Books, reading and the mind in the work of William Godwin
McCray, Jessie Louise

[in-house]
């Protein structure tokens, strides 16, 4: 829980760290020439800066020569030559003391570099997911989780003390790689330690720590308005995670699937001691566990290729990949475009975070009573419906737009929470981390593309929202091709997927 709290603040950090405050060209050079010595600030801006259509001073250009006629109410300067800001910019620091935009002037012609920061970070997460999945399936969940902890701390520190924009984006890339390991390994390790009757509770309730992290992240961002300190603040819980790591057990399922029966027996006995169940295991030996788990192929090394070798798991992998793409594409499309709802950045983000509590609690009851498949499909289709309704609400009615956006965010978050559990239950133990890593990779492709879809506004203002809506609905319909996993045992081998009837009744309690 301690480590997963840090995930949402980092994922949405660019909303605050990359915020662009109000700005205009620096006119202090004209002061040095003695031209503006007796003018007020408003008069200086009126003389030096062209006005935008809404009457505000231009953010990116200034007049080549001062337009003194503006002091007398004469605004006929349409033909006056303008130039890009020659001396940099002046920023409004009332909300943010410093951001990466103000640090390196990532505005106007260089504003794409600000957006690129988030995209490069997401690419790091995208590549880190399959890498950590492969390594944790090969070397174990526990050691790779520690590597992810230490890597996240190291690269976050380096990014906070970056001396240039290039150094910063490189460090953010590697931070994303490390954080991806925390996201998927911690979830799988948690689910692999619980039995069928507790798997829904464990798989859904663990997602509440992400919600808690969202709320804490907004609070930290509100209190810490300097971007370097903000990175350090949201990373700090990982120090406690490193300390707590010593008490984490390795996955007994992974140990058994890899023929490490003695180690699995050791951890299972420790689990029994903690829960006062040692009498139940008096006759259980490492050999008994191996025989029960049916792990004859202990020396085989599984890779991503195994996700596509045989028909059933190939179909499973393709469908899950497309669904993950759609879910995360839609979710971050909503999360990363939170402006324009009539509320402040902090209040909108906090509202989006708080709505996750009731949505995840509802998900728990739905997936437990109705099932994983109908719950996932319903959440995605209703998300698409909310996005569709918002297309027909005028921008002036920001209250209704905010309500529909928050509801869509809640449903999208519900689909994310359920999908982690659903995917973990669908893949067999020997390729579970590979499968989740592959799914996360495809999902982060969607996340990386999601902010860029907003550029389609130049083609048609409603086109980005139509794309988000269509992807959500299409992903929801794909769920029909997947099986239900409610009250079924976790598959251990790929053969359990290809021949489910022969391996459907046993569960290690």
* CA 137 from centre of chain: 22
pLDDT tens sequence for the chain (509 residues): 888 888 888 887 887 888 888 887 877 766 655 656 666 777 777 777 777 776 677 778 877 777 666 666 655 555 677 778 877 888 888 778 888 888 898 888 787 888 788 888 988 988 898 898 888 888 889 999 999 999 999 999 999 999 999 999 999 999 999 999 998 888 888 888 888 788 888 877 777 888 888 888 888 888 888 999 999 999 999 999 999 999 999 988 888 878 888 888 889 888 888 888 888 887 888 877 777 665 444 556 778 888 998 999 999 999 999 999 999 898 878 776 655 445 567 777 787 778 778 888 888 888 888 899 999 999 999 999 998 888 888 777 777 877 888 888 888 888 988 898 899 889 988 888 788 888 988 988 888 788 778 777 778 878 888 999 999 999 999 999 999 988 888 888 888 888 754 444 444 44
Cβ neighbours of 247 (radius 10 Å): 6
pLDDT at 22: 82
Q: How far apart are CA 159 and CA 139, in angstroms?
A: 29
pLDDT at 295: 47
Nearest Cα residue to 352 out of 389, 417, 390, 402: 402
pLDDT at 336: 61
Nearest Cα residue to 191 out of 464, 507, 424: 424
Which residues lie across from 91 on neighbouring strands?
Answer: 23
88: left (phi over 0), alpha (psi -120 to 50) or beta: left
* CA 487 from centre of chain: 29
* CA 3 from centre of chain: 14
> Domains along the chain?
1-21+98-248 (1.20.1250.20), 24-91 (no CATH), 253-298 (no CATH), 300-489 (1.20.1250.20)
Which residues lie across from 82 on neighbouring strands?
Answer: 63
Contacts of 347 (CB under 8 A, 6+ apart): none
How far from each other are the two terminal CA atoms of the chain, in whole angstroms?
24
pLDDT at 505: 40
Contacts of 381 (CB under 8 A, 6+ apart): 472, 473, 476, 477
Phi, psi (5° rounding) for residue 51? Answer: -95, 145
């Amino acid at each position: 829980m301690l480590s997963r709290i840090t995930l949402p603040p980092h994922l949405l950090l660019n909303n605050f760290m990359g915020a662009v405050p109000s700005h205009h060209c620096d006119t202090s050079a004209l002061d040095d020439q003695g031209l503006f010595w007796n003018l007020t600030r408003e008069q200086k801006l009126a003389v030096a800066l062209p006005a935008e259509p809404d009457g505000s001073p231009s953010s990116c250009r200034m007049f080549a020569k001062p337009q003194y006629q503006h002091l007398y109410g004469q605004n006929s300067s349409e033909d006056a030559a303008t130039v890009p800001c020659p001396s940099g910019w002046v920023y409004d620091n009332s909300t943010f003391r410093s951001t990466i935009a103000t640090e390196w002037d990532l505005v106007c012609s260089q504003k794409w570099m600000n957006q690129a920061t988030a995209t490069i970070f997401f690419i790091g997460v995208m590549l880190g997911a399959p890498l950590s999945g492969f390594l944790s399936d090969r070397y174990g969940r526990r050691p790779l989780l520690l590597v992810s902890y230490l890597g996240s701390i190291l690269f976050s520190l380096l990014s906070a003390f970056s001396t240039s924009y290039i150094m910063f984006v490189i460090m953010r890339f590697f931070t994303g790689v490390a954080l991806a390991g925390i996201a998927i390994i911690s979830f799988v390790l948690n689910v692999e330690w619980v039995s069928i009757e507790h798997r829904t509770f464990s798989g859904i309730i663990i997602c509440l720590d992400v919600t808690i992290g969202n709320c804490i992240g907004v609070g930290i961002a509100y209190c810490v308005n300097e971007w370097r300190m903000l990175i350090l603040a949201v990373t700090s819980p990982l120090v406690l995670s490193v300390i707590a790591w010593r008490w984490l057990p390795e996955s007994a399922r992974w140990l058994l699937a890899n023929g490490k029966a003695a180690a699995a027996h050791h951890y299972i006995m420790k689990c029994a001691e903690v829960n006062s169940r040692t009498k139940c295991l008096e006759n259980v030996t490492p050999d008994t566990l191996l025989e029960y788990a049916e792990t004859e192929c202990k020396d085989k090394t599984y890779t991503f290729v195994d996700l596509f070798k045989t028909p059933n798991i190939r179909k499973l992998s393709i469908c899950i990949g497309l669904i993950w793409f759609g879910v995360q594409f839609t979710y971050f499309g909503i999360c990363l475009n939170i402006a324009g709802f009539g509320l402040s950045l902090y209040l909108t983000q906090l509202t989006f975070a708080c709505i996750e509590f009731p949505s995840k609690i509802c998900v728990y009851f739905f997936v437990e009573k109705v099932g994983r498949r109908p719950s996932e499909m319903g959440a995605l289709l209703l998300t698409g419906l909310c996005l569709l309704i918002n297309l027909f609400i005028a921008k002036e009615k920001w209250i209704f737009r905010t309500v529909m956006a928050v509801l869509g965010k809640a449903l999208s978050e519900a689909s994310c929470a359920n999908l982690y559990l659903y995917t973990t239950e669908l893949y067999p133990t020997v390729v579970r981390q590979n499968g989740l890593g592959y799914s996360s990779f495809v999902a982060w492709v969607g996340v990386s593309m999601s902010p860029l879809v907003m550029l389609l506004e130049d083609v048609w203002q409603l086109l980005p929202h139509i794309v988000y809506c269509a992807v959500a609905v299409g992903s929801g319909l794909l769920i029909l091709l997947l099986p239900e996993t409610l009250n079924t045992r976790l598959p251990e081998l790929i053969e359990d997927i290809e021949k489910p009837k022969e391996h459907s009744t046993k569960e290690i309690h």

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This dissertation argues that the British philosopher, novelist and social critic William Godwin (1756-1836) used literary depictions and discussions of book-reading to negotiate public debates about the nature of the human mind. It takes an intellectual-historical approach to Godwin’s representation of communications media, using this to illuminate the wider cultural significance of book-reading in Romantic-period Britain. I ultimately claim that for Godwin, the book-object became a literary presence and a conceptual tool by which he expressed and defended his belief in the reality and necessity of intellectual perfectibility. My first three chapters set the groundwork for this argument by exploring Godwin’s treatment of ‘The Matter of the Reader’ (Chapter One), ‘The Ethics of Novel-Reading’ (Chapter Two), and ‘The Discipline of Reading’ (Chapter Three). As Godwin engaged with debates about materialism, literary form and education, he negotiated inherited ambivalence about the nature of the human mind and the conditions necessary for its vitality. Godwin’s writing about reading exposes a fundamental tension that runs throughout his corpus: he consistently invested confidence in the mind and idealised its operation, yet was simultaneously preoccupied by theorising major threats to its development. My final two chapters argue that Godwin’s writing about the book as a material medium provided an ongoing response to this tension. I show that his comparative evaluations of ‘Social Media’ (Chapter Four) and his literary rendering of books in terms of ‘Bodies and Monuments’ (Chapter Five) were contributions to debates about the powers of truth, death, and cultural memory. I conclude that Godwin used the book-object as a gesture of faith in the necessary perfection of human minds. This dissertation remaps Godwin’s contribution to British culture by drawing attention to the crucial role book-reading played in his philosophy, fiction, essays and correspondence. In doing so, it highlights a rich vein of enquiry opened up by the growing ‘interdiscipline’ of media history: the cultural figuration of books and reading.